Submitted to: American Society for Microbiology Meeting
Publication Type: Abstract Only
Publication Acceptance Date: February 22, 2008
Publication Date: June 1, 2008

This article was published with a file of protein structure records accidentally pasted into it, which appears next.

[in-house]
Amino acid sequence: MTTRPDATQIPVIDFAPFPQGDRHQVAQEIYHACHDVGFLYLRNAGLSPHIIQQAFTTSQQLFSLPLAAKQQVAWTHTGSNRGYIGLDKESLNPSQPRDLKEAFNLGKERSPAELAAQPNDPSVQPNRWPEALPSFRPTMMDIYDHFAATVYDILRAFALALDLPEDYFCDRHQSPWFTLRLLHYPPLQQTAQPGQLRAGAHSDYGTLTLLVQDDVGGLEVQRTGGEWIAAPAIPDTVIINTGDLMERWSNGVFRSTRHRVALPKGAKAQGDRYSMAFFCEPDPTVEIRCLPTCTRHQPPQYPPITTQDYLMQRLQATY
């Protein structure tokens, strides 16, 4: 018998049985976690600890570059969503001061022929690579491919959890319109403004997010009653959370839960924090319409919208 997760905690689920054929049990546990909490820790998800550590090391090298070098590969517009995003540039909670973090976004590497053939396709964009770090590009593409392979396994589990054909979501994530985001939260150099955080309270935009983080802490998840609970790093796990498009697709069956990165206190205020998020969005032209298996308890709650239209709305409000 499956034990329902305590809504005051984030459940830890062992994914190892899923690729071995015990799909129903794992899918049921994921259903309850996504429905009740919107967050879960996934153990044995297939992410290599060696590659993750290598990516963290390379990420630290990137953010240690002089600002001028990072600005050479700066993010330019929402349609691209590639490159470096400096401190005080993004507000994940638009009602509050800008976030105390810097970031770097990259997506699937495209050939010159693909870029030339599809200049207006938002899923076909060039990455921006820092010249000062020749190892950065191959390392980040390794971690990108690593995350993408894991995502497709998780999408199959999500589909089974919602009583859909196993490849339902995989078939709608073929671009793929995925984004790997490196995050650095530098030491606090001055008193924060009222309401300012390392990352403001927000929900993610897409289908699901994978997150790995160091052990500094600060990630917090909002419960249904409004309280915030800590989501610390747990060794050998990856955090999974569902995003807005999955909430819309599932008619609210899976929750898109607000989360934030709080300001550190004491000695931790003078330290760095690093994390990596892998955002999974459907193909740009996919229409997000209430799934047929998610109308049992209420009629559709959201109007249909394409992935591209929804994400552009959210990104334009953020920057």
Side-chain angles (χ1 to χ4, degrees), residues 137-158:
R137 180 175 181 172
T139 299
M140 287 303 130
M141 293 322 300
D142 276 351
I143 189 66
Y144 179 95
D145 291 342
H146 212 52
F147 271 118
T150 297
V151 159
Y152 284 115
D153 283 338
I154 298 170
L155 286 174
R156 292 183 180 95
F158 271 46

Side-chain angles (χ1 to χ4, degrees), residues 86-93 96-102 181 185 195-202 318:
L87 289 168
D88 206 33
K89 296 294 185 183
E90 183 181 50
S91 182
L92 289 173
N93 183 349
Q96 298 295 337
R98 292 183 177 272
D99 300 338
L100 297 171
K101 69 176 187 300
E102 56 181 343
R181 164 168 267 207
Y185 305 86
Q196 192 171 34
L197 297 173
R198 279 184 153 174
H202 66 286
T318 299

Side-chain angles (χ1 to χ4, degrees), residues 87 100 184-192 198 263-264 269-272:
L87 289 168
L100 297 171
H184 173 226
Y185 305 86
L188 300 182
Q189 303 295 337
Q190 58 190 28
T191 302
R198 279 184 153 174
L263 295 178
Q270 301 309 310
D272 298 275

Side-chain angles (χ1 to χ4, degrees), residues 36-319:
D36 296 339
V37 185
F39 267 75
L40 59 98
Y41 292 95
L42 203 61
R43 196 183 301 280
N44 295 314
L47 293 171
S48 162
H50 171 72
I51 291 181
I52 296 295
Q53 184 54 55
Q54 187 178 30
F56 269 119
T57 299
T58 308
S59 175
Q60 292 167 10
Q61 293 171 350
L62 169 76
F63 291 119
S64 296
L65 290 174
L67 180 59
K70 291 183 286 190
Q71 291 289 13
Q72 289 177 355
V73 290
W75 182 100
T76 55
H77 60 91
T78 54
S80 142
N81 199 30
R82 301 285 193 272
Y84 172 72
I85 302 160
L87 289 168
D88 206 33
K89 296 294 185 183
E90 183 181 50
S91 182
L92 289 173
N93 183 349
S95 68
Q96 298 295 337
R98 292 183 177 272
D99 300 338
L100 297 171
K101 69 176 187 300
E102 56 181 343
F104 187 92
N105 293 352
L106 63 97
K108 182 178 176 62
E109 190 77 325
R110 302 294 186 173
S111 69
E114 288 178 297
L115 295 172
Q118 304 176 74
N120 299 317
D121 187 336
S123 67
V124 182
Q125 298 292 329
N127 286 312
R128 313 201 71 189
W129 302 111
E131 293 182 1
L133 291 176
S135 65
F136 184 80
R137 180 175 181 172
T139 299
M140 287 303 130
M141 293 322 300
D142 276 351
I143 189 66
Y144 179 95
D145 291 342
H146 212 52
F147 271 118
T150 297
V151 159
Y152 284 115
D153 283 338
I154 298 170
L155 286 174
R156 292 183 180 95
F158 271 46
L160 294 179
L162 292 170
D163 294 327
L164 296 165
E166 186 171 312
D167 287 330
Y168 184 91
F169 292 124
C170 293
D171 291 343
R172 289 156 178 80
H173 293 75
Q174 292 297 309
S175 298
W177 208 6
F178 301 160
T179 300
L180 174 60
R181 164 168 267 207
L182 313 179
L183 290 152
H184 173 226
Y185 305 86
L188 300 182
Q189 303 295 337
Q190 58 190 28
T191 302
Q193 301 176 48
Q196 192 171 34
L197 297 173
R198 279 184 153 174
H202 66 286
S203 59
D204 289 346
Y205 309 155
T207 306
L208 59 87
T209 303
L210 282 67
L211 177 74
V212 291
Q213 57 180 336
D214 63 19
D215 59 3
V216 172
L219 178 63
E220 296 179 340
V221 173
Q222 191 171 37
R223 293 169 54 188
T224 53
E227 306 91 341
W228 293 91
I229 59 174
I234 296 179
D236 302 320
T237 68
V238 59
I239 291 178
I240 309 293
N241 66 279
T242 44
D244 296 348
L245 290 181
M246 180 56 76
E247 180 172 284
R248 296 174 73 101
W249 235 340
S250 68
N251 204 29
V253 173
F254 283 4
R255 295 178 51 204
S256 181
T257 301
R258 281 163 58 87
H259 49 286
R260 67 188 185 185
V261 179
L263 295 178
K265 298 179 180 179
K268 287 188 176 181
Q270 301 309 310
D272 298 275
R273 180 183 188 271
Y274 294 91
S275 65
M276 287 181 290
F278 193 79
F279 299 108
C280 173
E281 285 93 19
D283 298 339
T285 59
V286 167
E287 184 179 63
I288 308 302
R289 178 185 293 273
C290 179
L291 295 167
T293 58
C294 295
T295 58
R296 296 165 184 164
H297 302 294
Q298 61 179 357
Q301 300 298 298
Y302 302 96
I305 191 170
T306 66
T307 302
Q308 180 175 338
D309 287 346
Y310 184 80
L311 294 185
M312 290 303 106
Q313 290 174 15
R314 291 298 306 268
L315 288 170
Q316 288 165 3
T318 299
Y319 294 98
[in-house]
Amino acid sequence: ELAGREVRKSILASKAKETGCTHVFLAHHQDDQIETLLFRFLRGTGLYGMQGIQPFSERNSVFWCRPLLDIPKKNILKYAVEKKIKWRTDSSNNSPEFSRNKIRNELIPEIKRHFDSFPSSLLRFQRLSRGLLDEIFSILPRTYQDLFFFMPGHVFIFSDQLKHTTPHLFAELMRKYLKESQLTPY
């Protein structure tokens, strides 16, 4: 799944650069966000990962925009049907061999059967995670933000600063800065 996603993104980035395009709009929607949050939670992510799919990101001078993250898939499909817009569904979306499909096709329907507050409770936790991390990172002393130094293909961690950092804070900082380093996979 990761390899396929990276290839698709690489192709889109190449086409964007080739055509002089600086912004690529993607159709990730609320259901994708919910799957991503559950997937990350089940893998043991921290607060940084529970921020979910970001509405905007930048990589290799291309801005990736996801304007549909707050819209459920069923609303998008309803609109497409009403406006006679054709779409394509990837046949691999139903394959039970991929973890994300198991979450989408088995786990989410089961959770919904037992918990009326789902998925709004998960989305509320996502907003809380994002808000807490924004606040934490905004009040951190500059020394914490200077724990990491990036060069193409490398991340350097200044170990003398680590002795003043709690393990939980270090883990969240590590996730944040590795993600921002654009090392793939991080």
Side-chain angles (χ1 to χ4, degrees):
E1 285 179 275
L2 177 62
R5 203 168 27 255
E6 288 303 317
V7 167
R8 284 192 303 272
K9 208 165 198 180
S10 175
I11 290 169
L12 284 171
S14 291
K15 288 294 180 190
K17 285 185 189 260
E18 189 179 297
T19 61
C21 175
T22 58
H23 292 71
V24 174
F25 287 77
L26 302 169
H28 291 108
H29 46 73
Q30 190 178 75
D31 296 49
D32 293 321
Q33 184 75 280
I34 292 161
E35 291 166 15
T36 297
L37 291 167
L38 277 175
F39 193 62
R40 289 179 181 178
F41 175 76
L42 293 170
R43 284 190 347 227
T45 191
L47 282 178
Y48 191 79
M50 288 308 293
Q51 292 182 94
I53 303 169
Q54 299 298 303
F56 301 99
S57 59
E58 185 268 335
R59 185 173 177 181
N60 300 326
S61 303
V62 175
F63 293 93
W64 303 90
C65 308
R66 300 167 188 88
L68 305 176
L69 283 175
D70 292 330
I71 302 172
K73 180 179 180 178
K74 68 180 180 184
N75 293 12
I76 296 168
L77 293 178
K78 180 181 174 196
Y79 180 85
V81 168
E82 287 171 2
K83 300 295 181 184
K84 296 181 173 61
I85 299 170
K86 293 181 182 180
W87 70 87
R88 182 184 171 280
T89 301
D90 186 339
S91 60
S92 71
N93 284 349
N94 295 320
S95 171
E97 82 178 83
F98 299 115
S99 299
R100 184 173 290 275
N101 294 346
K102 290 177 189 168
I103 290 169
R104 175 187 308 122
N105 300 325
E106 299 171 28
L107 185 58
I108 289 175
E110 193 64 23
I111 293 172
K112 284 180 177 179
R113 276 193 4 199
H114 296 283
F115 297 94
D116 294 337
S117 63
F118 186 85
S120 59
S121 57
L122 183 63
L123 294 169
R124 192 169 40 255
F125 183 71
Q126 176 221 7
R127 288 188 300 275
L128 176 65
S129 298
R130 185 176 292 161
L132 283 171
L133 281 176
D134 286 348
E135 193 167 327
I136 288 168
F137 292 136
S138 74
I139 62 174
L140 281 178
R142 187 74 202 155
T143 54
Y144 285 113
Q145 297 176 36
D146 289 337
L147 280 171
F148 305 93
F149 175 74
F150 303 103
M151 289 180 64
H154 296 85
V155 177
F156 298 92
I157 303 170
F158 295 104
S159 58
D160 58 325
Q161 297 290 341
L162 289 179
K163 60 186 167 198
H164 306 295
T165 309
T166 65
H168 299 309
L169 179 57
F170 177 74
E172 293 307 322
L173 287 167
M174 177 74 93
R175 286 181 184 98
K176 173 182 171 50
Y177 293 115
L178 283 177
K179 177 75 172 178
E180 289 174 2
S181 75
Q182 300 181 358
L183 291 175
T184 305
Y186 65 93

Citation: Brockmeier, S., Loving, C.L., Nicholson, T.L., Vincent, A.L., Sacco, R.E. 2008. Early Induction of Cytokines in Pigs Coinfected with Swine Influenza Virus and Bordetella bronchiseptica [abstract]. American Society for Microbiology Meeting, June 2-4, 2008, Boston, Massachusetts. 2008 CDROM. Technical Abstract: Respiratory disease is one of the most important health issues for the swine industry, and coinfection with two or more pathogens is a common occurrence. Bordetella bronchiseptica and swine influenza virus (SIV) are important and common respiratory pathogens of pigs. A study examining the effect of coinfection of SIV and B. bronchiseptica in pigs found that on day 1 post-infection lung lesions were only observed in the coinfected pigs as opposed to pigs infected with either pathogen alone. To test the hypothesis that production of early cytokines might play a role in inducing these early lesions, mRNA expression of cytokine genes from tracheal epithelium and lung were evaluated by using RT-PCR. On day 1 post-infection, increased levels of IFNa transcript were found in the tracheal epithelium of only coinfected pigs, and the amount of IFNa detected in the lung lavage by ELISA was significantly higher in the coinfected pigs as well. Increased transcript levels of Mx-1 and PKR, two anti-viral proteins upregulated in response to IFNa, were also elevated in the tracheal epithelium and lung of only coinfected pigs at the same time point. In addition, transcripts for the proinflammatory cytokines IL-6, IL-8 IL-1, and TNFa were increased to a greater extent in the tracheal epithelium and/or the lung of coinfected pigs as compared to pigs infected with either pathogen alone, on day 1 post infection. This data suggests that there is a synergistic effect during coinfection with SIV and B. bronchiseptica leading to the early induction of these cytokines, contributing to the early inflammatory lesions seen in coinfected pigs.